The current study showed that the prevalence rate of OSD confirmed by MRI in pediatric patients who underwent initial spinal ultrasound and MRI because of suspected dorsal midline cutaneous stigmata was 2.4% (6 of 250 patients). All had single sacrococcygeal dimples, isolated or combined with a fibrofatty mass, deviated gluteal folds, or a mass and a vascular lesion (Fig. 1, Table 2). Of these 6 patients, 5 (2% of 250 patients) underwent prophylactic surgical untethering and 1 had a dermal sinus tract without any intraspinal connection (Fig. 1, Table 2). The prevalence of tethered cord elevated with increasing number of additional markers to a sacrococcygeal dimple: 0.5% in the isolated marker group almost consisting of isolated sacrococcygeal dimples, 8.1% in the combined group of 2 markers, and 50% in the combined group of 3 markers (Fig. 1). Of the 5 patients who underwent surgery, 3 had a sacrococcygeal dimple and a fibrofatty mass: these patients account for 37.5% of the 8 patients with a dimple and a mass and 25.0% of the 12 patients with a mass (Fig. 1). These findings suggested that concurrent presence of more dorsal midline cutaneous markers, particularly a combination of a sacrococcygeal dimple and a dermal or subcutaneous fatty mass, was associated with cord tethering, in line with previous studies addressing multiple clinical indications for work-ups to detect OSD [14,22,23].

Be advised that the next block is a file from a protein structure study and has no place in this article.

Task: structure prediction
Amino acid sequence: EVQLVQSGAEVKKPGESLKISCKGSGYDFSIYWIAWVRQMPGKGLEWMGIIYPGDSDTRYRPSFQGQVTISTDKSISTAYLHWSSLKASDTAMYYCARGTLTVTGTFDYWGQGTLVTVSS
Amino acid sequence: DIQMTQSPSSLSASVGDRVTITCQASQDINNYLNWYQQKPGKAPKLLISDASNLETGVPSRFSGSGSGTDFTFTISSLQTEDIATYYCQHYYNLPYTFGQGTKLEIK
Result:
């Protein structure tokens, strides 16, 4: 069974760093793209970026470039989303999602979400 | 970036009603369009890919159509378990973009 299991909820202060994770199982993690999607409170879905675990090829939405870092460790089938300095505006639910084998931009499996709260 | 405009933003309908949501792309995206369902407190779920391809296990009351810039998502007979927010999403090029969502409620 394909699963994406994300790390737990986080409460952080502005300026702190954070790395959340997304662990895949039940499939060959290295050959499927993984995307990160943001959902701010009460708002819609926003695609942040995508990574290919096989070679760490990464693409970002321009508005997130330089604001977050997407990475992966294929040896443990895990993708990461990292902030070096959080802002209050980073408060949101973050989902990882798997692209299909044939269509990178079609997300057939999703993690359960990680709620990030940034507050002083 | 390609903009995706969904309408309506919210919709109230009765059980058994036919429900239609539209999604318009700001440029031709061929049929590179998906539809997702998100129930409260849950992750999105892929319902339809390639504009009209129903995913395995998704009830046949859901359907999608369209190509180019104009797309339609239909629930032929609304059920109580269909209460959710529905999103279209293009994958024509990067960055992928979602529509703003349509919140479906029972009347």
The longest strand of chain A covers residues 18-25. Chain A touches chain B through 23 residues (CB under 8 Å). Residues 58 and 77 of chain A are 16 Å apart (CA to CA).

Our study showed rates of OSD and neurosurgery in relation to sacral dimples as follows: 2.4% and 2.1%, respectively, of 239 patients with single sacrococcygeal dimples, and 1% and 0.5%, respectively, in 200 isolated dimple patients (Fig. 1). A study of 3,884 healthy infants with a simple sacral dimple by Kucera et al. [5] reported a confirmed abnormal ultrasound rate of 2% and a neurosurgical intervention rate of 0.13%. Other reports of ultrasound screening showed similar incidence of confirmed abnormal ultrasound and neurosurgery: 0 in 109 infants with simple dimples [10]; 0 in 270 newborns with isolated simple dimples [22]; 6.0% and 0.8%, respectively, in 638 infants with isolated sacral dimples [16]; and 5% and 1%, respectively, in 151 newborns with sacral dimples [12].